The Great Liakhvi is a river in central Georgia, which rises on the southern slopes of the Greater Caucasus Mountain Range in the de facto independent region of South Ossetia and flows into the Kura (Mtkvari). It is 115 km (71 mi) long, and has a drainage basin of 2,311 km2 (892 sq mi). The cities of Tskhinvali and Gori lie along the banks of the Great Liakhvi. The river is mainly fed by the melting snows and glacier runoff of the Caucasus Mountains as well as by underground water sources. The Liakhvi reaches its highest water volume in the spring and summer while the lowest volume is recorded in the winter, when some segments of the river freeze over.

The Georgian–Ossetian conflict of 1918–1920 comprised a series of uprisings, which took place in the Ossetian-inhabited areas of what is now South Ossetia, a breakaway republic in Georgia, against the Transcaucasian Democratic Federative Republic and then the Menshevik-dominated Democratic Republic of Georgia which claimed several thousand lives and left painful memories among the Georgian and Ossetian communities of the region.

Kurta (village)

Kurta is an abandoned village in the former South Ossetian autonomous oblast of Georgia. Populated largely by ethnic Georgians, it was one of the towns that remained under the control of Georgia between the unilateral secession of South Ossetia after the 1991–1992 South Ossetia War and the 2008 South Ossetia War.

Vaneli Village in South Ossetia, Georgia

Vaneli is a village in the Java District of South Ossetia or Shida Kartli, Georgia. The village is the center of the eponymous community consisting of 12 villages. It is located on the right bank of Greater Liakhvi river, at an altitude of 1,310 m. Distance to the municipality center Java is 18 km.

Galuanta Settlement in South Ossetia

Galuanta is a settlement in the Gori district of Georgia. Since 1991 settlement is in the Khetagurovo Community, Tskhinvali District of South Ossetia.

Grubela Settlement in South Ossetia

Grubela is a settlement in the Khetagurovo Community, Tskhinvali district of South Ossetia.

Kvasatali Settlement in South Ossetia

Kvasatali is a settlement in the Khetagurovo Community, Tskhinvali District of South Ossetia.

Kroza Settlement in South Ossetia

Kroza is a settlement in the Khetagurovo Community, Tskhinvali district of South Ossetia.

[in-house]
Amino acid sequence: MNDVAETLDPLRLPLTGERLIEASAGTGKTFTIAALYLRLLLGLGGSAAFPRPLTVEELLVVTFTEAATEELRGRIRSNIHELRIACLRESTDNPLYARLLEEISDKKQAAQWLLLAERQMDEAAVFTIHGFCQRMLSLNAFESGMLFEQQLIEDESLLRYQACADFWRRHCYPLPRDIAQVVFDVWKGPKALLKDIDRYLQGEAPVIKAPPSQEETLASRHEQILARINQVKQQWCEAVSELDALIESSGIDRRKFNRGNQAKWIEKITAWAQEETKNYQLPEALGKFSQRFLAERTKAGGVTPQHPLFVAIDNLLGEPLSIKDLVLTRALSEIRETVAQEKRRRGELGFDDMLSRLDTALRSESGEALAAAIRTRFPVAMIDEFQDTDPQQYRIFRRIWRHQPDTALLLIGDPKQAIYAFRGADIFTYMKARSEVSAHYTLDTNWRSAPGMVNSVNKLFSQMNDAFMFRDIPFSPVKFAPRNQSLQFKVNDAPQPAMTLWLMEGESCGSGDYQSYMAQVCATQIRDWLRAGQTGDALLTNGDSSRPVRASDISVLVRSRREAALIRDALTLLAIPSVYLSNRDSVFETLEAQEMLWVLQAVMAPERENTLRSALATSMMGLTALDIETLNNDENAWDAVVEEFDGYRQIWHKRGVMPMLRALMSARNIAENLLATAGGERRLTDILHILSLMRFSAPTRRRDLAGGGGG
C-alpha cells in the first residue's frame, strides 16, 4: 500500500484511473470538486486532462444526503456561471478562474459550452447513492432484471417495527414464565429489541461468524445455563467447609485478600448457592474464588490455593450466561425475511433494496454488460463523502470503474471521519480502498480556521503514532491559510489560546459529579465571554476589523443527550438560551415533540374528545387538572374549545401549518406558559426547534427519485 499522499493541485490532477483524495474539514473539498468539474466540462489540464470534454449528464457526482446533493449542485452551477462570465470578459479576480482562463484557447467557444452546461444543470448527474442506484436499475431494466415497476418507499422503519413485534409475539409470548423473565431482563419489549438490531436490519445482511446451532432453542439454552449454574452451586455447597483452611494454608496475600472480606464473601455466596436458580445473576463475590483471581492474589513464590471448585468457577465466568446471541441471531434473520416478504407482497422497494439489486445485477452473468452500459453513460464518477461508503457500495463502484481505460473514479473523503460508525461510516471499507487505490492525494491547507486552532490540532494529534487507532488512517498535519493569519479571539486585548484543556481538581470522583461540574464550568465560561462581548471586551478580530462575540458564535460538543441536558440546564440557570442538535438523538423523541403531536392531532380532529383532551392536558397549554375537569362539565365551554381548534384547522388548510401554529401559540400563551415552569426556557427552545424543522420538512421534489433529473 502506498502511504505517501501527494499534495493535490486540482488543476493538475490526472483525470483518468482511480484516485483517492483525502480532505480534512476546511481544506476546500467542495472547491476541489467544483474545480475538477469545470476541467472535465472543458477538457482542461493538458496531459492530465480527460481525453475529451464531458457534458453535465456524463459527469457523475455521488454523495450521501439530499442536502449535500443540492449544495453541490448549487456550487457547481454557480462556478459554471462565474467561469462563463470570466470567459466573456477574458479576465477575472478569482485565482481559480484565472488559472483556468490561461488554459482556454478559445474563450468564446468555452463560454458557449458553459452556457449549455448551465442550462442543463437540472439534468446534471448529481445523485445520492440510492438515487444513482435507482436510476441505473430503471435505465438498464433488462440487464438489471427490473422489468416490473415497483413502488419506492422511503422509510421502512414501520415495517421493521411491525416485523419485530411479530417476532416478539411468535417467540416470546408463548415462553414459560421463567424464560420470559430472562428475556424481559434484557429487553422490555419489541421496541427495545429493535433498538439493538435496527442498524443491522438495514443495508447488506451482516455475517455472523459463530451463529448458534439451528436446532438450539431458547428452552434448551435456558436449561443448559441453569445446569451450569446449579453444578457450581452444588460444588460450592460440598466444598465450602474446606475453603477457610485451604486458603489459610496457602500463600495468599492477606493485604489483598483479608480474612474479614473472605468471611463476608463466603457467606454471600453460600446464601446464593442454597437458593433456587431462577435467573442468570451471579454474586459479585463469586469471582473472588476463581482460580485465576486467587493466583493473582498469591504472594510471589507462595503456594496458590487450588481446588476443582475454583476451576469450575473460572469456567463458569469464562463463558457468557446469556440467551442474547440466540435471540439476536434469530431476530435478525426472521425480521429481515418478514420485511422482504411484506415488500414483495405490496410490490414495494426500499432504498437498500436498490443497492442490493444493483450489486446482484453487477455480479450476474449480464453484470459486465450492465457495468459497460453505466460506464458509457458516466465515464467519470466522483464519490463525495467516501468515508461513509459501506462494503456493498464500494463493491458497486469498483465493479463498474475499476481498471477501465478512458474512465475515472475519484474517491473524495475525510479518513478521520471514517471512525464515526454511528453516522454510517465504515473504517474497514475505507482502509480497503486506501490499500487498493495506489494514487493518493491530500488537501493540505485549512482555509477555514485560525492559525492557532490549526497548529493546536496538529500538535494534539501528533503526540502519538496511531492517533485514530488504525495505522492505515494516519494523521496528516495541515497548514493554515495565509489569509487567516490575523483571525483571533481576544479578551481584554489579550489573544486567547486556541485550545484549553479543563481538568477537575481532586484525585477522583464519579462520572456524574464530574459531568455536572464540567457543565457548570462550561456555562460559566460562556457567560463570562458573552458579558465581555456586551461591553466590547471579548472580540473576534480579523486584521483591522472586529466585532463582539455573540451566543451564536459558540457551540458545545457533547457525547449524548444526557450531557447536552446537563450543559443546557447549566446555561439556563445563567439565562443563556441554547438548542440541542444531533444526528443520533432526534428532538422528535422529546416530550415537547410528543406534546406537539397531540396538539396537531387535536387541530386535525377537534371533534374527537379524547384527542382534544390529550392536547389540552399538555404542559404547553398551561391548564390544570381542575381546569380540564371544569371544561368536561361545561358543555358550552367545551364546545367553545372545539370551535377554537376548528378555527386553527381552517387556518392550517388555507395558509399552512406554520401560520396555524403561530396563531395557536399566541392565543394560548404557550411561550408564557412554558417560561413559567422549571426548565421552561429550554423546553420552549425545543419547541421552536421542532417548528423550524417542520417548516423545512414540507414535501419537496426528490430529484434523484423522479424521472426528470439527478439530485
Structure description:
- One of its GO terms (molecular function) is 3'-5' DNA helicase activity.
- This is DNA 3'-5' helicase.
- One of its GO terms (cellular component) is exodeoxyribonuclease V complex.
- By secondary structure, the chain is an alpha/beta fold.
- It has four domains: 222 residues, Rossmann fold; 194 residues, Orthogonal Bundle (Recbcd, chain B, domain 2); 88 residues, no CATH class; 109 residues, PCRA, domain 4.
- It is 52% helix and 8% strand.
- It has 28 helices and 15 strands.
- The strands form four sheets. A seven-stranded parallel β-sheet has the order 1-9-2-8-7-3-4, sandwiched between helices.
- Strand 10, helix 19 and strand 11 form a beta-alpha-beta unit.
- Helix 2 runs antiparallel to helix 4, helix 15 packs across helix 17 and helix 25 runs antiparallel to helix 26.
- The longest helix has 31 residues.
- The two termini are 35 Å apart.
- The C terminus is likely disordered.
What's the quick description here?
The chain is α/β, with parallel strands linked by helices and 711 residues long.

Kusireti Settlement in South Ossetia

Kusireti is a settlement in the Khetagurovo Community, Tskhinvali district of South Ossetia.

Khodi Settlement in South Ossetia


Khodi is a settlement in the Khetagurovo Community, Tskhinvali district of South Ossetia.

Tbeti Settlement in South Ossetia

Tbeti is a settlement in the Khetagurovo Community, Tskhinvali district of South Ossetia, Georgia. It is located 2 kilometers west of Tskhinvali.

Kvemo-Achabeti Village in South Ossetia, Georgia

Kvemo-Achabeti is a settlement in the Tskhinvali district of South Ossetia.

Tamarasheni

Tamarasheni is a former village in Georgia, within the territory controlled by separatist South Ossetia, some 0.5 km north of Tskhinvali.

Liakhvi Strict Nature Reserve Protected nature area in Georgia (country)

Liakhvi Strict Nature Reserve is a protected area in the historic region Shida Kartli on the southern slope of the Greater Caucasus range in the northeastern part of Tskhinvali District and in Akhalgori Municipality of Georgia. Reserve main goal is protecting flora and fauna in surrounding mountainous region. In general Patara Liakhvi gorge has many tourist attractions : ethnological, bird-watching and botanical.

Eredvi basilica

The Eredvi basilica of Saint George is an early 10th-century Georgian Orthodox church in the village of Eredvi in the Shida Kartli region, currently in the disputed territory of South Ossetia. It was constructed by the architect Tevdore Taplaisdze, who laid foundation of the church in 906 as related in a Georgian inscription on the building. The church is a three-nave basilica, which, despite later reconstructions, has largely preserved its original architectural features. The church is inscribed on the list of the Immovable Cultural Monuments of National Significance of Georgia. After the 2008 Russo-Georgian War, the Georgians lost access to the church and services there were restricted by the South Ossetian authorities.

Dzari Settlement in South Ossetia

Dzari is a settlement at the head of the river Kornisistskali in the Tskhinvali District of South Ossetia, Georgia. It is located 12 kilometers west of Tskhinvali. Community center, villages: Brili, Gardanta, Dampaleti, Zemo Dodoti, Kverneti, Mebrune, Rustavi, Kvemo Dodoti, Chelekhsata, Jabita.

References

  1. Tolz, Vera; Newton, Melanie (2019-07-11). The Ussr In 1991: A Record Of Events. Routledge. ISBN   978-1-000-30686-6.
  2. Daily Report: Soviet Union. The Service. 1991.
  3. Military Intelligence Professional Bulletin. U.S. Army Intelligence Center. 2003.